Please see the question Why do I keep getting data truncated errors in my Perl? first as that is more likely to be the answer you are looking for.
Before going in to the specifics of an issue in the MS SQL Server ODBC driver it should be noted that the most common reason for this error is calling SQLGetData or binding a column and supplying too small a buffer for the column data.
SQLExecDirect(select var_char_column from table) SQLDescribeCol(column=1) returns a column size of 100 or SQLColAttributes(column=1, SQL_DESC_DISPLAY_SIZE) which also returns 100 SQLFetch SQLGetData(column=1, type=SQL_C_CHAR, buffer, buffer_size = 10)
SQLExecDirect(select var_char_column from table) SQLDescribeCol(column=1) returns a column size of 100 or SQLColAttributes(column=1, SQL_DESC_DISPLAY_SIZE) which also returns 100 SQLBindCol(column=1, type=SQL_C_CHAR, buffer, buffer_size = 10) SQLFetch
In both cases the buffer supplied for the column data was too small and you will get a SQL_SUCCESS_WITH_INFO return from SQLGetData/SQLFetch and a state of 01004.
However, there is one specific issue with the MS SQL Server ODBC driver which can seriously confuse ODBC applications that bind columns as SQL_C_CHAR. When retrieving column data from a result-set as strings the average ODBC application:
 issues the query
 calls SQLNumResultCols to find out how many columns in the result-set
Ordinarily this works fine with the MS SQL Server driver but when "Use Regional Settings" is checked in the MS SQL Server ODBC driver DSN setup dialog everything changes. Once "Use Regional Settings" is checked the ODBC driver returns integer fields using the current regional settings and this generally increases the size of the returned data. For UK machines the simple integer 1234, is returned as "1,234.00". The problem is that when "Use Regional Settings" is checked SQLDescribeCol and SQLColAttribute return the same column-size as they do when this setting is unchecked and so for larger numbers the column-size of 10 will be insufficient to hold the number and you will get "string data right truncated". A simple example illustrates the problem:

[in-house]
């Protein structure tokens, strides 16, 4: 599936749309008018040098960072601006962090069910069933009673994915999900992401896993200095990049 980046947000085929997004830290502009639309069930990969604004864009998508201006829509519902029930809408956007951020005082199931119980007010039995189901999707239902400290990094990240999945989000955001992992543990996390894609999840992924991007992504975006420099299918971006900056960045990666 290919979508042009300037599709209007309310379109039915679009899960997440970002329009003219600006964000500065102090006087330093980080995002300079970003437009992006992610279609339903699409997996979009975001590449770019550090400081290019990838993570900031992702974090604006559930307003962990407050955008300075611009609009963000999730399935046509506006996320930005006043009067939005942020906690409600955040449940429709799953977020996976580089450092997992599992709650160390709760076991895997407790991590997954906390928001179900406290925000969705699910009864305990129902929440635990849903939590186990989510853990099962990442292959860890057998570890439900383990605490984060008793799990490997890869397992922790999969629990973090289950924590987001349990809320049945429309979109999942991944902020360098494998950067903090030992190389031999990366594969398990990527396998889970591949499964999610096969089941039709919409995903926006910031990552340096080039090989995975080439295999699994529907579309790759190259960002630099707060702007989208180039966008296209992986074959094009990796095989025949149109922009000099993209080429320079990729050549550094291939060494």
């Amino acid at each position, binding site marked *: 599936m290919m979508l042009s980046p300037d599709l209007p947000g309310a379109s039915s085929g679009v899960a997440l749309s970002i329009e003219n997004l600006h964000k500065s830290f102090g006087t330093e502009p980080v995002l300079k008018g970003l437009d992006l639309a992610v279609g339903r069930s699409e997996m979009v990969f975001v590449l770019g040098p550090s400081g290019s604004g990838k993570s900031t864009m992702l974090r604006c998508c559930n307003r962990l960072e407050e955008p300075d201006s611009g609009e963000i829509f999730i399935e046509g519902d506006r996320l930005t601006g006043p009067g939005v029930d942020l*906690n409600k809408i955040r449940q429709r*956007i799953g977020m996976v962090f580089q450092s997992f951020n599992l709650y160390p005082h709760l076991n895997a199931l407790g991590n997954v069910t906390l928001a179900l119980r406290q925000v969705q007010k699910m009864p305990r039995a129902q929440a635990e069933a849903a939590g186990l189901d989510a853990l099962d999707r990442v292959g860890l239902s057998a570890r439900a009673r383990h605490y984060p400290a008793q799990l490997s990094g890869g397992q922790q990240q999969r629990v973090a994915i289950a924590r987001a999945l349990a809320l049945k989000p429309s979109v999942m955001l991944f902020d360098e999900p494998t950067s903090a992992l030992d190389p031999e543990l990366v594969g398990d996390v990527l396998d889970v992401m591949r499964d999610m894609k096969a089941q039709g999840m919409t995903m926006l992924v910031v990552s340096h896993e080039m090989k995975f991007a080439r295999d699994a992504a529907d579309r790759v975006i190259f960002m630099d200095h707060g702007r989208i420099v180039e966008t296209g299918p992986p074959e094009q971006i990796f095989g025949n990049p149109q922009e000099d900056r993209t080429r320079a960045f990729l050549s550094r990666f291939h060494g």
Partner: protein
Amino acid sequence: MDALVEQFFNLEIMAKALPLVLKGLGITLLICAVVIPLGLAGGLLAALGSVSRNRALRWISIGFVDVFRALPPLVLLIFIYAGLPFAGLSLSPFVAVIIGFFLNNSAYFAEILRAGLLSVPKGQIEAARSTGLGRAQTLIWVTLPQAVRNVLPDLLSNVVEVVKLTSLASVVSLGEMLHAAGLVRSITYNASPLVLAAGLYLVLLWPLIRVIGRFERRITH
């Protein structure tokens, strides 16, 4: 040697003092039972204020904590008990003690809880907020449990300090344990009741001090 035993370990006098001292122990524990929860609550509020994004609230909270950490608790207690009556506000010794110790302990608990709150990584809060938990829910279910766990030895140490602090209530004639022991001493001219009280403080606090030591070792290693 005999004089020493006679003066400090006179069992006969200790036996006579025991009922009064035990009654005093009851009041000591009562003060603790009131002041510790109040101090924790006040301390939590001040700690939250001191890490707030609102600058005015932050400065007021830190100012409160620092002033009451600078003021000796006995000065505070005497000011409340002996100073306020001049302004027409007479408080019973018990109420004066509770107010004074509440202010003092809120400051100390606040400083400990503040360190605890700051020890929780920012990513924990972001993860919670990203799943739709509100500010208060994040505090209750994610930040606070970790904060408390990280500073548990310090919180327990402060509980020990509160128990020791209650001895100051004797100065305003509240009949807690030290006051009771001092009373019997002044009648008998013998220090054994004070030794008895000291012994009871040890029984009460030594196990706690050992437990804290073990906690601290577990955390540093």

this returns a result-set describing the SQL_LONGVARCHAR type of which one of the columns (column 3) is the maximum column size that the server supports for this data type. In MS SQL Server the maximum size of a SQL_LONGVARCHAR is 2147483647 bytes.
this returns (Name : COLUMN_SIZE, Type : 4, Size : 10, Decimal Digits : 0, Nullable : 1)
Note the Size=10. Most applications will use this number to allocate a buffer to receive the column data if the column data is being retrieved as SQL_C_CHAR (they add 1 for the terminating NUL as well).
SQLGetData(column=3, buffer, buffer_size=100)
returns "2,147,483,647.00" in the UK which is too big to fit in the previously returned size of 10 or 11.
We have found a number of applications that suffer from this problem but perhaps the most common is Perl's DBD::ODBC which binds integer columns as SQL_C_CHAR (quite naturally really given Perl's text processing features). If "Use Regional Settings" is checked in your MS SQL Server data source and you run make test for DBD::ODBC you are likely to see something like:
# make test PERL_DL_NONLAZY=1 /usr/local/bin/perl "-MExtUtils::Command::MM" "-e" "test_harness(0, 'blib/lib', 'blib/arch')" t/*.t t/01base.........ok t/02simple.......ok 2/17 DBD::ODBC::st fetchrow failed: [unixODBC][Microsoft][ODBC SQL Server Driver] String data, right truncation (SQL-01004) (DBD: st_fetch/SQLFetch (long truncated) err=-1) at t/ODBCTEST.pm line 56. DBD::ODBC::st fetchrow failed: [unixODBC][Microsoft][ODBC SQL Server Driver] String data, right truncation (SQL-01004) (DBD: st_fetch/SQLFetch (long truncated) err=-1) at t/ODBCTEST.pm line 56. Unable to find a suitable test type for field COL_C at t/ODBCTEST.pm line 63. t/02simple.......dubious Test returned status 255 (wstat 65280, 0xff00)
There are two possible solutions to this problem:
 uncheck "Use Regional Settings" in the MS SQL Server data source.
 add Regional=No to your connection string passed to DBI->Connect. e.g. "dbi:ODBC:DSN=mydsn;UID=dbuser;PWD=dbpassword;Regional=No;"
The MS help for the "Use Regional Settings" specifically says "Select this option forapplications that only display data, not for applications that process data".
For DBD::ODBC and perhaps for some other ODBC applications you will find that disabling "Use Regional Settings" is the only way of making them work.
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